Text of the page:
4. Junk Food and Your Digestive Health
When you eat junk food, you spend your calorie capital on foods that are low in fiber and nutrients and high in fat and sugar. And all that fat and too little fiber can cause digestive woes. "We know that fat tends to slow the gut down, because the gut is trying its best to get all the calories it can from fat," says Locke.
What you can do: You don't have to give up favorite foods -- the trick is to come up with healthy substitutes. Instead of ordering pizza out, make your own with a store-bought whole-wheat crust topped by low-fat cheese and plenty of veggies. Replace the fast-food burger and fries with roasted sweet potato fries and turkey or black bean burgers on a whole-wheat bun.
5. OTC Supplements: A Surprising Cause of Constipation
Did you know that OTC supplements can affect your digestive health? Iron and calcium are the top two culprits according to Aberra.
What you can do: Eating balanced, healthy meals helps you get all the vitamins and minerals you need from food. However, that may not be enough for people with anemia or for women looking to prevent bone loss. To counter the constipating effect of iron or calcium supplements, Aberra suggests a workaround. Try adding things to your diet that make you more prone to having bowel movements, such as prune juice and high-fiber foods.
6. Overusing Laxatives Can Cause Hard-to-Treat Constipation
Overusing stimulant laxatives can lead to dependence, says Ira Hanan, MD, associate professor of medicine at the University of Chicago Medical Center. Using these laxatives every day can cause the colon to lose its ability to move things through, he says. Overusing enemas can have the same effect, so avoid using stimulant laxatives and enemas chronically. "They will eventually cause complete dependency and the constipation can be very hard to treat," he says.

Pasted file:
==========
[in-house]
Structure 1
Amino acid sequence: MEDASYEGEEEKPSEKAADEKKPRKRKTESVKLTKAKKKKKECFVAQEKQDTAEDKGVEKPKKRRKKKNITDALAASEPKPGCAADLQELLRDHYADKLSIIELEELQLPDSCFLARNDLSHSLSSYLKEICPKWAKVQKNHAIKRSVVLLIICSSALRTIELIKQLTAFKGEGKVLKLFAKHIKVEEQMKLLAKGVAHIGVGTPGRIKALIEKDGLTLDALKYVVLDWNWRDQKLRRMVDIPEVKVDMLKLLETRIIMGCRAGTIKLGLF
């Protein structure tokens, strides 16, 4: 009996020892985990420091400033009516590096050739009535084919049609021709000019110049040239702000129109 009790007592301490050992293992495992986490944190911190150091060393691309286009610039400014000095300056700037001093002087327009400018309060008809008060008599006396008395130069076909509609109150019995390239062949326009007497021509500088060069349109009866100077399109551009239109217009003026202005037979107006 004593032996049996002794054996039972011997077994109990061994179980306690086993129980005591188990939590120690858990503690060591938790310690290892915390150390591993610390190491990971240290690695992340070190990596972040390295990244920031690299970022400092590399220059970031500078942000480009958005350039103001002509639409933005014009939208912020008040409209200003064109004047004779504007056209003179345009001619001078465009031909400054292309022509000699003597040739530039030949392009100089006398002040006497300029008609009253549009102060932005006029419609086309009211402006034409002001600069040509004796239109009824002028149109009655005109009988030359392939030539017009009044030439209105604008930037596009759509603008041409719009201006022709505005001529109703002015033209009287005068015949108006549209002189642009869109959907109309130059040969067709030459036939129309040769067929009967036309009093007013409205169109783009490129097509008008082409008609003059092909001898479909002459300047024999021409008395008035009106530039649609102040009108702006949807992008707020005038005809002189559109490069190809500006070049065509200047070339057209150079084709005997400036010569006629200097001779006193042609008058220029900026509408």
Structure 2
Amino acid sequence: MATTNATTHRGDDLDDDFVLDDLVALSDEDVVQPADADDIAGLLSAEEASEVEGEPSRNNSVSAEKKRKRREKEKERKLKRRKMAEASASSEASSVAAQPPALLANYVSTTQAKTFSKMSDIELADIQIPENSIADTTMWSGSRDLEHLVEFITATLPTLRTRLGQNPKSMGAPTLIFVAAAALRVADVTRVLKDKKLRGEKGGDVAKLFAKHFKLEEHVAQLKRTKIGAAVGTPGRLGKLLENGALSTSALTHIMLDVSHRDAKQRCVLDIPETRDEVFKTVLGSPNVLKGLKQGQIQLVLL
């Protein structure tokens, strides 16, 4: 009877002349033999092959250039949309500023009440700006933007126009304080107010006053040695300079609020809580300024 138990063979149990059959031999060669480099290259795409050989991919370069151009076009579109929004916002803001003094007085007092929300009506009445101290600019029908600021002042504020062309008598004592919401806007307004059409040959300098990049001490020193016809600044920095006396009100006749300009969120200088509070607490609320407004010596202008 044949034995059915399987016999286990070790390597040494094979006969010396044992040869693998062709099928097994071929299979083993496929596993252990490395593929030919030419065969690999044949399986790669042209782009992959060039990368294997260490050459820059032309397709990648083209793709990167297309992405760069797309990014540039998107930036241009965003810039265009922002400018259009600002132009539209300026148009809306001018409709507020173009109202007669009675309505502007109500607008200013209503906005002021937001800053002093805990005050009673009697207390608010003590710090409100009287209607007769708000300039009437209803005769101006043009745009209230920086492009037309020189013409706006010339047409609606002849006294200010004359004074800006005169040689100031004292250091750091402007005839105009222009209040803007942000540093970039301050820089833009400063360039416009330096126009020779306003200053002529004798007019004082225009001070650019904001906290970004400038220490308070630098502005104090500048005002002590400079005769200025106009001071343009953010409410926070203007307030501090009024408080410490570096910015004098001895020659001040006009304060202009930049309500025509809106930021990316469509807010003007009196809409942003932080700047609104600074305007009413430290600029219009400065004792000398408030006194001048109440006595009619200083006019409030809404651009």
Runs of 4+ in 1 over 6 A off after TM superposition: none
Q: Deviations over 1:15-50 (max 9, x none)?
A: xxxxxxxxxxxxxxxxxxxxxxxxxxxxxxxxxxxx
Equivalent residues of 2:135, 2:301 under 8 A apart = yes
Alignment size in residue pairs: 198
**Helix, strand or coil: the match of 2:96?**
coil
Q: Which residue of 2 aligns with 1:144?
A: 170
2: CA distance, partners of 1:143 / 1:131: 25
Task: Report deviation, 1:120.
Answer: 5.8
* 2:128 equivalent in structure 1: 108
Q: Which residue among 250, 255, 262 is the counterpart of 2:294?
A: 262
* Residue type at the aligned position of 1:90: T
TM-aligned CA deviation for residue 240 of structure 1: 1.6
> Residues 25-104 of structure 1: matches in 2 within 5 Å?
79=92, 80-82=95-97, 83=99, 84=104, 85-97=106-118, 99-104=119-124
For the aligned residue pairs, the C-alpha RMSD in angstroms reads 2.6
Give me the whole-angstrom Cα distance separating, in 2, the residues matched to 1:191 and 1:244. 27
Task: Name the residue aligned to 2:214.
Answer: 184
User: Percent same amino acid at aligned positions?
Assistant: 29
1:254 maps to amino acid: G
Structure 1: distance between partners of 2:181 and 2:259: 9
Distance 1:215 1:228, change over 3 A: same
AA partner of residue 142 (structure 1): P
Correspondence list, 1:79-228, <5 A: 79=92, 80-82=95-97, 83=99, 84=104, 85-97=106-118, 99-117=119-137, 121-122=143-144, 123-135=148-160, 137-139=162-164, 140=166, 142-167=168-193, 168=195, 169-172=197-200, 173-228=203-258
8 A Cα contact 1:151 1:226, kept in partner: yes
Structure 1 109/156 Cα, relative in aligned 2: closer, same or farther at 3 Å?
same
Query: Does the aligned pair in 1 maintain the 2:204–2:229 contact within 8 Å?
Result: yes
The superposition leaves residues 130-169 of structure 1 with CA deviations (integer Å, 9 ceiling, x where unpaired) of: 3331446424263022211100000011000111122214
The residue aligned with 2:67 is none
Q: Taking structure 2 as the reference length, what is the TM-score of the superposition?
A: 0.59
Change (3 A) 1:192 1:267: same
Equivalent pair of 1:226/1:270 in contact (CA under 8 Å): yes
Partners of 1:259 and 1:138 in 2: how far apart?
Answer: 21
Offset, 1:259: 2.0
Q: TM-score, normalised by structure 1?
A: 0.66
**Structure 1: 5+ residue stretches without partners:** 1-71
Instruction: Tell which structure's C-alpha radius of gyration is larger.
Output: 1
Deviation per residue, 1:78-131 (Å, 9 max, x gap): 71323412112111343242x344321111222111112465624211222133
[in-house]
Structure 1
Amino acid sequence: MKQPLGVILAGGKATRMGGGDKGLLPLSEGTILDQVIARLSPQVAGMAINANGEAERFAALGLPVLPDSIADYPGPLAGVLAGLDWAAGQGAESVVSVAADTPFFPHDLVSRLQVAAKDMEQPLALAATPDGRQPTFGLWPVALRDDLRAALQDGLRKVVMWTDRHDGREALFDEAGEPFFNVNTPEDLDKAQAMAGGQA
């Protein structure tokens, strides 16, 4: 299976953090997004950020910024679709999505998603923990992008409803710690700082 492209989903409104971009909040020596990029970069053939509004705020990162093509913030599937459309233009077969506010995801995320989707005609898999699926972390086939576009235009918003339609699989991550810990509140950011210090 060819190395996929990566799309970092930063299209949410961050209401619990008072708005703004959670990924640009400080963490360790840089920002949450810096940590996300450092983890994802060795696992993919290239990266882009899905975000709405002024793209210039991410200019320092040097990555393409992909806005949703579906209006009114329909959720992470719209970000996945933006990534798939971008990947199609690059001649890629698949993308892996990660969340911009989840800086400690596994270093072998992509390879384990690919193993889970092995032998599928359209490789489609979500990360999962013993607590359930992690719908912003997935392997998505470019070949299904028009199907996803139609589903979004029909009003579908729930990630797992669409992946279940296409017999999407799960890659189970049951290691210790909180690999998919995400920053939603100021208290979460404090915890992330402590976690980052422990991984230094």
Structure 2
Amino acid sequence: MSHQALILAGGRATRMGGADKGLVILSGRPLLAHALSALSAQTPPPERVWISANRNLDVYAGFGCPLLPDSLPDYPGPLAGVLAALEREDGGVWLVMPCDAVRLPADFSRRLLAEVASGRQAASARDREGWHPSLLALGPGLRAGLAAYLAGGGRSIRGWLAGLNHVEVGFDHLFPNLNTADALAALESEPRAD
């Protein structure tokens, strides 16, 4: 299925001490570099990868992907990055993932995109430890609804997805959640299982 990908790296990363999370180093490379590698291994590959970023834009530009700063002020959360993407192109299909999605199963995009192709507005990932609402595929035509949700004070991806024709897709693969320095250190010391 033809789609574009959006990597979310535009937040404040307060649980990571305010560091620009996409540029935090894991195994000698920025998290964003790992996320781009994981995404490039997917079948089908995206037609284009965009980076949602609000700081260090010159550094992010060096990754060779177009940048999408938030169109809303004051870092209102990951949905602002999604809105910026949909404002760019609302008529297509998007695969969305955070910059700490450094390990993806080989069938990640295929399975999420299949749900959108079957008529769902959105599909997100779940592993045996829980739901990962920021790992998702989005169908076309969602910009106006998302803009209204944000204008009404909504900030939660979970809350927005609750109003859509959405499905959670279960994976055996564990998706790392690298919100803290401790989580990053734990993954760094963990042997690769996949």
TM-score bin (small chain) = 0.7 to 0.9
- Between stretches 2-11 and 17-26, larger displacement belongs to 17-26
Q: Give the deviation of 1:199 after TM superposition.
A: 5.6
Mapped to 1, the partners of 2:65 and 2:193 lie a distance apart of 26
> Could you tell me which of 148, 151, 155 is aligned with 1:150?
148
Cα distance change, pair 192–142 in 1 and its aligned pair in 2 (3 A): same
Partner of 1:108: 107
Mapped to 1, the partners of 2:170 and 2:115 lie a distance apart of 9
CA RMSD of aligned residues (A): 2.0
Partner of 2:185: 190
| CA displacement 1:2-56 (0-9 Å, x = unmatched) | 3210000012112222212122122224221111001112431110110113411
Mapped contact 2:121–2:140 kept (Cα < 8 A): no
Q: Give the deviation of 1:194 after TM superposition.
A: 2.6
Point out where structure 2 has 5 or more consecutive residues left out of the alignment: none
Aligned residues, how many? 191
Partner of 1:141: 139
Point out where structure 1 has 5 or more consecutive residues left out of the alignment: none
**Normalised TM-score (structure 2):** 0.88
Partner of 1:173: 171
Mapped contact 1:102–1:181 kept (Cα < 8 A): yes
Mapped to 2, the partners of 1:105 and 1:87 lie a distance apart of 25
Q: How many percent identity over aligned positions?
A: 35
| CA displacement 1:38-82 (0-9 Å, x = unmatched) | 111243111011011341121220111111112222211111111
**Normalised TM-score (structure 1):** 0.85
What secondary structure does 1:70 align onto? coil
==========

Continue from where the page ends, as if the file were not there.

What you can do: First of all, consider whether you really need laxatives. "A lot of people think that the daily bowel movement is the norm. We would consider anything from three bowel movements a week to three a day to be normal," Locke tells WebMD. If diet and exercise changes haven't helped, talk with your doctor about using fiber supplements. The problem with fiber for some people is that it may cause bloating and gas. Laxatives containing polyethylene glycol can also be used safely on a more regular basis, he says.
7. "Holding It" Is Bad for Your Digestion
Feel shy about using the office bathroom? Not a fan of public restrooms? You're not alone, according to Ellen Stein, MD. "A lot of people would prefer to go at home," says Stein, an assistant professor of medicine at Johns Hopkins Hospital in Baltimore, MD. Unfortunately, ignoring the urge is bad for your digestive health. "Holding or keeping things longer than you're supposed to can have a negative effect. The natural signals that you hear to tell you when you have to go can be extinguished," she says.
What you can do: Stein advises trying to find a place and time to have a bowel movement. For example, use the bathroom down the hall, rather than the one next to the boss's office.